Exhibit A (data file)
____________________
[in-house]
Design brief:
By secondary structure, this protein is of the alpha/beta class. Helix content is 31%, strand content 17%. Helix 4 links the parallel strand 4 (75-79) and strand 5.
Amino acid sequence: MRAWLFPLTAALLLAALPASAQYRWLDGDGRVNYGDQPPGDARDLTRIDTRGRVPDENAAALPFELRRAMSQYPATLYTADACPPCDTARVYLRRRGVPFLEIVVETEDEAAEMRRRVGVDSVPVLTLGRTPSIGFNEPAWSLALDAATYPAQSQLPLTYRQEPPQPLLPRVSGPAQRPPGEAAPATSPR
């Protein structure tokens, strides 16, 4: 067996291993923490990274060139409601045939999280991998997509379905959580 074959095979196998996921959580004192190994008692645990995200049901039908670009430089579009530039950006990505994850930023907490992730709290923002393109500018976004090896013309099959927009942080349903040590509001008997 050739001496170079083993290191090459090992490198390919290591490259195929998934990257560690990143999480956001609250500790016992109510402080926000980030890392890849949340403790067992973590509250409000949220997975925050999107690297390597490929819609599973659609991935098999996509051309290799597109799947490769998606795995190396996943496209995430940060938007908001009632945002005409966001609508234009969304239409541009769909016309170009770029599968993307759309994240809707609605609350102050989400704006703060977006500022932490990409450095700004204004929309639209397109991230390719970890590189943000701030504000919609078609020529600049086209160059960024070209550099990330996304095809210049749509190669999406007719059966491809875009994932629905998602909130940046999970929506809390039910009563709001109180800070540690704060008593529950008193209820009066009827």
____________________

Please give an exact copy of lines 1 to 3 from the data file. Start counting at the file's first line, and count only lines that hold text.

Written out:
[in-house]
Design brief:
By secondary structure, this protein is of the alpha/beta class. Helix content is 31%, strand content 17%. Helix 4 links the parallel strand 4 (75-79) and strand 5.